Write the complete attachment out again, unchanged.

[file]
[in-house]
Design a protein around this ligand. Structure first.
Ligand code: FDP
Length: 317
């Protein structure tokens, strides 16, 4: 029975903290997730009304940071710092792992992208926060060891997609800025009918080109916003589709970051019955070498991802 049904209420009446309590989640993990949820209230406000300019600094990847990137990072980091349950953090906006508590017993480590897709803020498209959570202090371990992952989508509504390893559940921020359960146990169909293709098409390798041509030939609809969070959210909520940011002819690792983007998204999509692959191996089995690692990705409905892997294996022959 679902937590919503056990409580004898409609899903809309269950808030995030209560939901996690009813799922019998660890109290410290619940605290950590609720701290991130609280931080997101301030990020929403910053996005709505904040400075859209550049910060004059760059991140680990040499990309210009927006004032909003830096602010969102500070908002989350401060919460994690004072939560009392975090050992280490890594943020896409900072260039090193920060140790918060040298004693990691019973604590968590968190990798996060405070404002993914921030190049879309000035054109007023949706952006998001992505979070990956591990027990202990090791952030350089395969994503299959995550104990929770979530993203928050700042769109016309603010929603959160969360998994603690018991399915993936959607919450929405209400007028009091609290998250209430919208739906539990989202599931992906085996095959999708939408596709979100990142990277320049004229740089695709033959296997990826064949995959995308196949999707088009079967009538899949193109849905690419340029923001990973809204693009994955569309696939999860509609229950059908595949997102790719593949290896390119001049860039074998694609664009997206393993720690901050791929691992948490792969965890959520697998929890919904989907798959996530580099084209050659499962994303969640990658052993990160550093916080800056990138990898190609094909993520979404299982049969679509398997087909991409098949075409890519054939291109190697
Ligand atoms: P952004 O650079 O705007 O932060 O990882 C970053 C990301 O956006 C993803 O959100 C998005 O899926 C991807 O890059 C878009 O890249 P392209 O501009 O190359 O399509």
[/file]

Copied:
[in-house]
Design a protein around this ligand. Structure first.
Ligand code: FDP
Length: 317
């Protein structure tokens, strides 16, 4: 029975903290997730009304940071710092792992992208926060060891997609800025009918080109916003589709970051019955070498991802 049904209420009446309590989640993990949820209230406000300019600094990847990137990072980091349950953090906006508590017993480590897709803020498209959570202090371990992952989508509504390893559940921020359960146990169909293709098409390798041509030939609809969070959210909520940011002819690792983007998204999509692959191996089995690692990705409905892997294996022959 679902937590919503056990409580004898409609899903809309269950808030995030209560939901996690009813799922019998660890109290410290619940605290950590609720701290991130609280931080997101301030990020929403910053996005709505904040400075859209550049910060004059760059991140680990040499990309210009927006004032909003830096602010969102500070908002989350401060919460994690004072939560009392975090050992280490890594943020896409900072260039090193920060140790918060040298004693990691019973604590968590968190990798996060405070404002993914921030190049879309000035054109007023949706952006998001992505979070990956591990027990202990090791952030350089395969994503299959995550104990929770979530993203928050700042769109016309603010929603959160969360998994603690018991399915993936959607919450929405209400007028009091609290998250209430919208739906539990989202599931992906085996095959999708939408596709979100990142990277320049004229740089695709033959296997990826064949995959995308196949999707088009079967009538899949193109849905690419340029923001990973809204693009994955569309696939999860509609229950059908595949997102790719593949290896390119001049860039074998694609664009997206393993720690901050791929691992948490792969965890959520697998929890919904989907798959996530580099084209050659499962994303969640990658052993990160550093916080800056990138990898190609094909993520979404299982049969679509398997087909991409098949075409890519054939291109190697
Ligand atoms: P952004 O650079 O705007 O932060 O990882 C970053 C990301 O956006 C993803 O959100 C998005 O899926 C991807 O890059 C878009 O890249 P392209 O501009 O190359 O399509």